Welcome to San Francisco and the Napa Valley. For travelers seeking life-changing experiences, San Francisco’s romantic beauty, innovative spirit and expressive cultural pulse never cease to inspire all those who visit. Known for its breathtaking scenery, groundbreaking arts and culture, diverse communities, world-class shopping and memorable cuisine – paired, of course, with Napa Valley wines – it’s easy to see why so many people have left their hearts in the City by the Bay.
Just an hour northeast of San Francisco, city lights give way to majestic vistas and warm, sunny days in the Napa Valley – a destination where world-class wines, Michelin-star dining, miles of rolling vineyards, and a spirit of wellness set a slower pace, inviting you to share, savor, and discover all the valley has to offer.
Together San Francisco and the Napa Valley make up North America’s premier food and wine destination. The two areas complement each other and offer the very best in hotels and resorts, culinary creativity, cultural diversity, wellness retreats, and most importantly, world-renowned wines.
The Napa Valley and San Francisco emanate a true “town & country” destination. The sophistication of the big city and luxury of the Napa Valley offers an inspiring taste of the good life you’ll never forget.
To help plan your visit in either region, go to the following destination websites:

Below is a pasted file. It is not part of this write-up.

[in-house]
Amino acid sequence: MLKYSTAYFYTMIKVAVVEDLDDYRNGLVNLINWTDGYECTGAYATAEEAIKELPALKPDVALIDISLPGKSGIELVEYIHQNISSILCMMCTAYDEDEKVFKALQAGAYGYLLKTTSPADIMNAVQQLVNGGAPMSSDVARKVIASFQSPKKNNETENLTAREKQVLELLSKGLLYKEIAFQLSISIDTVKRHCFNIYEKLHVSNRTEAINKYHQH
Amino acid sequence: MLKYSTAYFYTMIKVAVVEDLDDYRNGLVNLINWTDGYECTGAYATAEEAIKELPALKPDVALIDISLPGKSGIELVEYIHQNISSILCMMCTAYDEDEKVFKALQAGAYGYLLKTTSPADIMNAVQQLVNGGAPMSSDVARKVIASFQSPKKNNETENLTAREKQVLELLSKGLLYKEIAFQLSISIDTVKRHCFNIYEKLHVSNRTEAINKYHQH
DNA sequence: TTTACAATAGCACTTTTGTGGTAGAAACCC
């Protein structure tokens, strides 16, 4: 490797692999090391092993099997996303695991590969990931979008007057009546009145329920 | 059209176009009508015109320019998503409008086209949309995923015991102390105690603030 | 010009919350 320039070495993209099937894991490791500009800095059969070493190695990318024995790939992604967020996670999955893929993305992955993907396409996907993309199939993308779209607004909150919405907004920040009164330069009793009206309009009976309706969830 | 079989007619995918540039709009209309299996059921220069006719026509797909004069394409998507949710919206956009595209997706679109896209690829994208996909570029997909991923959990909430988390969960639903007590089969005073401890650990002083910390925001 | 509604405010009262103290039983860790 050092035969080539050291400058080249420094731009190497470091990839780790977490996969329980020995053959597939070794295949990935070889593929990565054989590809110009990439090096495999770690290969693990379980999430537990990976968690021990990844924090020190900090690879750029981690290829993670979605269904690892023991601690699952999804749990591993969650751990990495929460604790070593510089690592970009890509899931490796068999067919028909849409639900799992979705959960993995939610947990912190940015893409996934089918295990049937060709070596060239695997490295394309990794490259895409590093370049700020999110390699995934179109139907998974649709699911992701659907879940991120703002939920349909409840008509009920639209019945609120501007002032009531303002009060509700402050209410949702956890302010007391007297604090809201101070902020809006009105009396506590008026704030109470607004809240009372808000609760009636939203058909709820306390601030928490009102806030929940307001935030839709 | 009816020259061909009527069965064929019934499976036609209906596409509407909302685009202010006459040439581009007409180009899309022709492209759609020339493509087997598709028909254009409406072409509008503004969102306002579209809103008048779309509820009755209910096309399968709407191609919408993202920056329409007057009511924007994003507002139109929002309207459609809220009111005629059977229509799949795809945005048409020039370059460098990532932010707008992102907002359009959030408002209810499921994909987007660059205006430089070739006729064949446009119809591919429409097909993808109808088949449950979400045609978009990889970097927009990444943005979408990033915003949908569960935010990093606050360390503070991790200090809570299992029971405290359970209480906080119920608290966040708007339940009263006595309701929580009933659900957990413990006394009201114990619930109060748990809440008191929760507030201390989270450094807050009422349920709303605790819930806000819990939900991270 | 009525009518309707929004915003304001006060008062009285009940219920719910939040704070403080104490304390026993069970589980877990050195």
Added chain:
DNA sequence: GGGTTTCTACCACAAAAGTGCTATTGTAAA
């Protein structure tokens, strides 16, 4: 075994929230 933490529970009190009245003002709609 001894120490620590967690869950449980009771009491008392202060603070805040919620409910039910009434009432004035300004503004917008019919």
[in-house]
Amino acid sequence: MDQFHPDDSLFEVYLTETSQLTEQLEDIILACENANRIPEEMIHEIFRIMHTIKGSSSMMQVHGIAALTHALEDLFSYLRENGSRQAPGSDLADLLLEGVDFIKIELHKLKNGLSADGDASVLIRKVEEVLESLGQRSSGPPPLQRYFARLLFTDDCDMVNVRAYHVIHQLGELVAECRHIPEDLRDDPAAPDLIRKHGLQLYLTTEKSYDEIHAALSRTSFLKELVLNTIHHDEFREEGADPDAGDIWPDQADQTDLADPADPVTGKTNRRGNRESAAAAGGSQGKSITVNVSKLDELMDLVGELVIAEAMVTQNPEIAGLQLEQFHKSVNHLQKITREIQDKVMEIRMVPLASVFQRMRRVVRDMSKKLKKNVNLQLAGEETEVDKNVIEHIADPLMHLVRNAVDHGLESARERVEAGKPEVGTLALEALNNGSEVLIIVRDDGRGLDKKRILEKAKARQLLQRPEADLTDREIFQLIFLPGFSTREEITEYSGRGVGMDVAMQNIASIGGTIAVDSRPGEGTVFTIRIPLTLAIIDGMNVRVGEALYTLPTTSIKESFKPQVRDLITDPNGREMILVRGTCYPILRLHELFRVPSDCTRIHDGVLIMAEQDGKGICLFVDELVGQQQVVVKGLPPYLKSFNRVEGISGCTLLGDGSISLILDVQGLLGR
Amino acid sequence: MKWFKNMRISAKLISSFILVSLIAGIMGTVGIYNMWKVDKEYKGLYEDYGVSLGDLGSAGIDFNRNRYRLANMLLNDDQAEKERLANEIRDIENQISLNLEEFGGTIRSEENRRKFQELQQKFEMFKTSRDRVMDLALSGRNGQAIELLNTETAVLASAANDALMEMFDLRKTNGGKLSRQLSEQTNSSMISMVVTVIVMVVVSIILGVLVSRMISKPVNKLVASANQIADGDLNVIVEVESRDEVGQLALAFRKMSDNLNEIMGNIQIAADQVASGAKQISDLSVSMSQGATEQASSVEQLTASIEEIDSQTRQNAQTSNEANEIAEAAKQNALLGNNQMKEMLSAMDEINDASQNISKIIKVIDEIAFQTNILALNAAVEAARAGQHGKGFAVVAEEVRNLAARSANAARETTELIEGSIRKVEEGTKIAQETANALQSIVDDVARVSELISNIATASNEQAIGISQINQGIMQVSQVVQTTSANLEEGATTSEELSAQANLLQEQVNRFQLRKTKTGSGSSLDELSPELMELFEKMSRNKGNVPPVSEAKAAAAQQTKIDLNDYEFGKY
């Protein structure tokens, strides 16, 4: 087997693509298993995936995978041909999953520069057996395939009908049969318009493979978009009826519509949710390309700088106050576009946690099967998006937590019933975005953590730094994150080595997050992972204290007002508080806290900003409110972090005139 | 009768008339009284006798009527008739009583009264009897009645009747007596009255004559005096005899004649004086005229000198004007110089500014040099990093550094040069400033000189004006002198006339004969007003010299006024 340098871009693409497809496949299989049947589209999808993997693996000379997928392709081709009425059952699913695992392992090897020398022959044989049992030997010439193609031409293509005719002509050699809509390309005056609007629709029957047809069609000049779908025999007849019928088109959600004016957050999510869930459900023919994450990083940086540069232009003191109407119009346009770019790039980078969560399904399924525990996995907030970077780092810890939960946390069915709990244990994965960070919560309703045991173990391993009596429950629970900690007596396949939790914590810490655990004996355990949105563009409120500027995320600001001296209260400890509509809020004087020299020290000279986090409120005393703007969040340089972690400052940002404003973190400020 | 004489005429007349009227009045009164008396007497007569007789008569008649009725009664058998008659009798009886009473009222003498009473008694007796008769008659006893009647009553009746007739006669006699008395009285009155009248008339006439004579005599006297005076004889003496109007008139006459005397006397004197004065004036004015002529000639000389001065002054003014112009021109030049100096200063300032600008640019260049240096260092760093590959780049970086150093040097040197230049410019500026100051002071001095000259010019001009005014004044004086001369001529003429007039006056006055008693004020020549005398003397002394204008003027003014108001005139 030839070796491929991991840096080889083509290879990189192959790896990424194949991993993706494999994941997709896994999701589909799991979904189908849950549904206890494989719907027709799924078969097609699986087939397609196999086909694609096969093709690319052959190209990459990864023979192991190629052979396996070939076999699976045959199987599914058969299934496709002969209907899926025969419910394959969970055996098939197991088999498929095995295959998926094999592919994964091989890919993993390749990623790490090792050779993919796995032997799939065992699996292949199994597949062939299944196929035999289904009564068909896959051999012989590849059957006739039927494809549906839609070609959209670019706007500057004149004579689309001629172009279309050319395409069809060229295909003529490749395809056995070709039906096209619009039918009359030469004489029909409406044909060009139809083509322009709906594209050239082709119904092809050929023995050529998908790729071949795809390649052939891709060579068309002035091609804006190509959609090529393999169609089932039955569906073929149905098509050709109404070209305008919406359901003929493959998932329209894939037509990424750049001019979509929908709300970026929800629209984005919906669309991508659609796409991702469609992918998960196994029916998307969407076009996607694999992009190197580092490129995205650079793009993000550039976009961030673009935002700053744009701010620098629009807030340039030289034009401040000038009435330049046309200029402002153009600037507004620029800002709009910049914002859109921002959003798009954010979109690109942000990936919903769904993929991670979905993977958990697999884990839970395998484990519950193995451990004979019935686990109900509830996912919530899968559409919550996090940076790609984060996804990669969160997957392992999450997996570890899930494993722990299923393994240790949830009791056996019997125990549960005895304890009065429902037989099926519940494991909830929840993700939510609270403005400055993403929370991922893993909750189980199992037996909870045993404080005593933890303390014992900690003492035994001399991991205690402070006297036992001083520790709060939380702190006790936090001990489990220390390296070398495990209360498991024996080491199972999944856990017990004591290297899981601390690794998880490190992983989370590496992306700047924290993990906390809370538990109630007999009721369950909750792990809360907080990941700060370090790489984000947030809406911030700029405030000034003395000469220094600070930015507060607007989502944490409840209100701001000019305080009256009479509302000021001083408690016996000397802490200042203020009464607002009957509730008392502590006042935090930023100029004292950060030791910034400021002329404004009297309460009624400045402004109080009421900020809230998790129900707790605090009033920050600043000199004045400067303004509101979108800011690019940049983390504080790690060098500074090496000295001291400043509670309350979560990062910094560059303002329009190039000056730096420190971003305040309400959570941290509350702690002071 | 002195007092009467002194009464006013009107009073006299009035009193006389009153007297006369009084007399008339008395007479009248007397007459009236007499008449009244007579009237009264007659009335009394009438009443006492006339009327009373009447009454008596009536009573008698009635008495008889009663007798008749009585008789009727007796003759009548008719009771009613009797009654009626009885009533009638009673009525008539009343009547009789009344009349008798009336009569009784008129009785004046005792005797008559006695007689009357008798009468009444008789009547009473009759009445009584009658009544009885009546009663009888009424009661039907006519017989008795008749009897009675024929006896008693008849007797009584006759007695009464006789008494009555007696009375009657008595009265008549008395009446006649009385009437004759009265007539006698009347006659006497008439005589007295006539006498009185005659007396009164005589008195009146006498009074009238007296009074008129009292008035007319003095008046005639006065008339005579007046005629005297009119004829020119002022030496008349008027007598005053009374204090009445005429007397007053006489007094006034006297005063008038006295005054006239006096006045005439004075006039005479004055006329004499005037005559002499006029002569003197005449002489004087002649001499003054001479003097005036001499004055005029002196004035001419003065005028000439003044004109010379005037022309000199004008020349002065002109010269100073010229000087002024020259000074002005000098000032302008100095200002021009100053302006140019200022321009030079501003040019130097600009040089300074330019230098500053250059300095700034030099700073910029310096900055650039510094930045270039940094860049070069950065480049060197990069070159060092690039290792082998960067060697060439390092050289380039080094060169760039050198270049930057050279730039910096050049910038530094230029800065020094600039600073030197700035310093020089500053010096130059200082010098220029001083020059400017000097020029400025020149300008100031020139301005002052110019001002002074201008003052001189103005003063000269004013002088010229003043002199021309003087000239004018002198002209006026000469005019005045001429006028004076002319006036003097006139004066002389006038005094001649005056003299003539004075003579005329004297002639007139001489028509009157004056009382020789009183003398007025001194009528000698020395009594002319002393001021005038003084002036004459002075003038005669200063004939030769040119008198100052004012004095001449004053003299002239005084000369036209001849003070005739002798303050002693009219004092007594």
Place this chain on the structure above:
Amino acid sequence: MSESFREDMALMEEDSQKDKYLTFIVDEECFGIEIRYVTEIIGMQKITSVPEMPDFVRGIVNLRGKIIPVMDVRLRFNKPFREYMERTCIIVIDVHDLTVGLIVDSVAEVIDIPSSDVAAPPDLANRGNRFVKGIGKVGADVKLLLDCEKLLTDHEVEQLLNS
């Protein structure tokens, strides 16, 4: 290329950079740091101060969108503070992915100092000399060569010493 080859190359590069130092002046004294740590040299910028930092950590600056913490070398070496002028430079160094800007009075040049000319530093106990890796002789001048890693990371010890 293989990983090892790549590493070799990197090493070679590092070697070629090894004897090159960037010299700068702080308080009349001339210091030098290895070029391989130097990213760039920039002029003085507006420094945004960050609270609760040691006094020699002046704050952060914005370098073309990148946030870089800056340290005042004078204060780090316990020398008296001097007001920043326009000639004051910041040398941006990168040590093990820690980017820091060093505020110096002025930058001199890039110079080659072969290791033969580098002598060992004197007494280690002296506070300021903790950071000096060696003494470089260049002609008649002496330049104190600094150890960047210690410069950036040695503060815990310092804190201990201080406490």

Family wineries to make you feel at home
With hundreds of wineries to explore, each with its own unique style, setting and history, planning your Napa Valley wine tasting excursion may seem overwhelming. But whether you are visiting just for fun or to delve into that library collection and stock the cellar, there is an experience and price point for everyone.
Due to our diverse soils, climate and topography, Napa Valley vintners are able to produce a variety of consistent quality wines from a wide-ranging selection of grapes. Although Cabernet Sauvignon and Chardonnay are the most widely planted, the Napa Valley holds many surprises for wine lovers looking for varieties off the beaten path. From Albariño to Zinfandel, more than three dozen different wine grape varieties flourish in the Napa Valley.
Visitors to the Napa Valley enjoy intimate wine tastings, expansive outdoor spaces, and behind-the-scenes private tours of wine cellars and caves. Plus, 95% of our wineries are family-owned and operated, which means nearly every spot will feel like home.
Globally known for world-class wine, San Francisco and Napa Valley invite you to discover more. Napa Valley is home to more than 400 wineries and tasting rooms, and some of the world’s most coveted grapevines – but those who visit just for the wine are missing out. Sprinkled in between vineyard-covered hillsides are charming destinations with entertaining and delicious things to fill busy days in wine country.
Napa Valley, at only 35 miles long by five miles wide, welcomes over 3.8 million visitors each year. The valley is home to five towns, each with its own personality and distinct character, and 16 distinct grape growing regions, or appellations.
San Francisco, with its diverse neighborhoods and thriving culture, welcomes over 25 million visitors each year. San Francisco has more restaurants per capita than any other major city in the U.S. Local chefs excel at combining the best of local ingredients with authentic international flavors, paired with world-famous Napa Valley wines.